Parole Board Chief Executive's blog - June 2023
CEO Martin Jones outlines the Parole Board's stance on Recalls, why they happen and how they are managed
The Parole Board plays a vital role in protecting the public by assessing prisoners to decide whether their continued detention remains necessary for the protection of the public.
It is unsurprising that most of the public focus is on the cases where we decide that a prisoner is safe to be released. However, the data demonstrates that in nearly 75% of our cases we decide that a prisoner needs to be kept in custody for the protection of the public. Without having a parallel universe, it is of course impossible to know how many serious offences we prevent through these decisions; to keep prisoners in custody; because at the heart of our decision making is an uncertainty about what a prisoner would do if they were released into the community. There will of course be people that would not have reoffended. But I am also certain that the public is much safer because of our independent, evidence-based decisions, which ensure that prisoners deemed to be dangerous are lawfully kept in custody.
Even amongst those we release, in my experience, most public focus is on “classic” parole decisions; deciding whether to release somebody serving a life sentence for murder or another serious offence.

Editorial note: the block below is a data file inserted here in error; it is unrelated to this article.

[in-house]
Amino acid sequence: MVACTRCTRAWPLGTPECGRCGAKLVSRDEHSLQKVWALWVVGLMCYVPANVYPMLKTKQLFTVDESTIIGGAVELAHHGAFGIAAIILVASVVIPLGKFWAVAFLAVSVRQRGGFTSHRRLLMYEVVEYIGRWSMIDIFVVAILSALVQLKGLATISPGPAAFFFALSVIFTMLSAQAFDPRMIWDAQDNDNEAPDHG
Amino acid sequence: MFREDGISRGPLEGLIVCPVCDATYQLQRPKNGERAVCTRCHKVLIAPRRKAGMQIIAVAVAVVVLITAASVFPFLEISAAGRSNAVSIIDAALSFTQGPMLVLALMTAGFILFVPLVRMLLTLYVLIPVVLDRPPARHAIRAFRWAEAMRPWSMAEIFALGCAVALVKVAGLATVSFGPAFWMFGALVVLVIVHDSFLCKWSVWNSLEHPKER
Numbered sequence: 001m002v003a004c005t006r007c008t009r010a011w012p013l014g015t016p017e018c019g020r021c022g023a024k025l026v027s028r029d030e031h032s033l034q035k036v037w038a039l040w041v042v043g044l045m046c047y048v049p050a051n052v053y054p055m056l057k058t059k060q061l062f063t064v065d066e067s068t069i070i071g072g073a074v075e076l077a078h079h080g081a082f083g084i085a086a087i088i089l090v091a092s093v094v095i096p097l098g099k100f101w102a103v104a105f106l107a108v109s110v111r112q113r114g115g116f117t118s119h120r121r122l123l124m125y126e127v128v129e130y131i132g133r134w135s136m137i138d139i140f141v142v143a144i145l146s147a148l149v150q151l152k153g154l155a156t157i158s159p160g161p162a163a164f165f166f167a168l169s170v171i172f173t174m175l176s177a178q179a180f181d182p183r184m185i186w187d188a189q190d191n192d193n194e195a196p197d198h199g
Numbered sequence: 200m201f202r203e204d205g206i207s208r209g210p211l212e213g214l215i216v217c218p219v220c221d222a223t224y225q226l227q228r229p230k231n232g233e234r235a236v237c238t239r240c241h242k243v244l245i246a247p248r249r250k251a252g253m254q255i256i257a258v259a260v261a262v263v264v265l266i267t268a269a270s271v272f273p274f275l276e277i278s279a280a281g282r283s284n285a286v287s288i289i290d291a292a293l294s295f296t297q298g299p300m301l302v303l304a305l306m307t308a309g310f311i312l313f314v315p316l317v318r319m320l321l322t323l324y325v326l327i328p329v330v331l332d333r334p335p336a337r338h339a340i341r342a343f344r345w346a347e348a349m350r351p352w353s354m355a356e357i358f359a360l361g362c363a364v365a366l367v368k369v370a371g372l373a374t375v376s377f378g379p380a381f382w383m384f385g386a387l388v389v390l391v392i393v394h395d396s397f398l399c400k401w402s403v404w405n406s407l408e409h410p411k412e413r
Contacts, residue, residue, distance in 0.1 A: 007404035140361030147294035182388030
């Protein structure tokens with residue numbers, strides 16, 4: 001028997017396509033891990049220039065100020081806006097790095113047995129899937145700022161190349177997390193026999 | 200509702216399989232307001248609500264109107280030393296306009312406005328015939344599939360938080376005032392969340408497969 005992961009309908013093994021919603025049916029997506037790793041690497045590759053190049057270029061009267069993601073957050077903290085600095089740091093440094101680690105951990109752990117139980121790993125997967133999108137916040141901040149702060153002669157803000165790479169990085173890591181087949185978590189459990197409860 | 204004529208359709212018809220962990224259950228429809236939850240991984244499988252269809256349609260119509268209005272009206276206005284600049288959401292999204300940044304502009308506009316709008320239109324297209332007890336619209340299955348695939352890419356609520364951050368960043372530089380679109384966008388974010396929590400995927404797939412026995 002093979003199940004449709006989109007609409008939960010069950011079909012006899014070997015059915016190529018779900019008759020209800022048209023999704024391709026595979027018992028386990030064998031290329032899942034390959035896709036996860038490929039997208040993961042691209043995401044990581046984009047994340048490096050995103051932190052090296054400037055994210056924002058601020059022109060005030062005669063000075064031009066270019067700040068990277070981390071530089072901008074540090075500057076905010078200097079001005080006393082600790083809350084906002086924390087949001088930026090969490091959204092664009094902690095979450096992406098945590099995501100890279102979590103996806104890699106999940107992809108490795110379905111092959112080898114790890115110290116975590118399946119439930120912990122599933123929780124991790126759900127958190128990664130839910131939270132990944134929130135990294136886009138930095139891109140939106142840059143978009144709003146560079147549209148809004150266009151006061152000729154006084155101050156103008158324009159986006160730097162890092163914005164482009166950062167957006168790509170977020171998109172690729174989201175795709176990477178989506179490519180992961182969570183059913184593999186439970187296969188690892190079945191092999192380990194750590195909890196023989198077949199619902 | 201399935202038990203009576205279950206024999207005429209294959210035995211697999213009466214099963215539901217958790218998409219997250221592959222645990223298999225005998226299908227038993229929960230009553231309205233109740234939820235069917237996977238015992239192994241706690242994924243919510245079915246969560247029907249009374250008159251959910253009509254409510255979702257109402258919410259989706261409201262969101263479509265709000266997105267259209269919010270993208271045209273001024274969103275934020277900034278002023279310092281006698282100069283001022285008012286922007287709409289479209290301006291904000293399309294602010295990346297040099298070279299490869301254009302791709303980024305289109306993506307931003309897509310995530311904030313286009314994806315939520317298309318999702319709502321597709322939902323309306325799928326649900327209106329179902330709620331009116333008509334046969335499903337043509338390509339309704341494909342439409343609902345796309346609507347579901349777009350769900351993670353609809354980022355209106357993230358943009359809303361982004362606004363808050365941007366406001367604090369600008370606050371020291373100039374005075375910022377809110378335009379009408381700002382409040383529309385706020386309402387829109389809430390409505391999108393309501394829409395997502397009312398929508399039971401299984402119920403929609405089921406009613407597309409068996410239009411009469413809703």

However, in the last year for which figures are available this is just 7%
74% of our decisions involved those who had been recalled to custody and that is an area worthy of focus
Is recall a failure of parole? Are there lessons to be learned from recall?
The majority of recall cases involve prisoners who were automatically released at the halfway point of their sentence as required by law, without consideration by the Parole Board, who are subsequently recalled because of concerns around their behaviour in the community. It is important to be clear that recall is a vital power for keeping the public safe. Sadly, some people who leave prison, for a variety of reasons may struggle in the community. Whilst the Probation Service works hard to support those individuals, if their risk escalates a recall to custody can be inevitable. Once a prisoner is recalled to custody it is important to gain a clear understanding of the risk that the offender may pose. Some prisoners who are lower risk may be subject to a fixed term recall of 14 or 28 days and then automatically re-released, this is an important discretion which I support. However, anybody subject to standard recall must be referred to the Parole Board.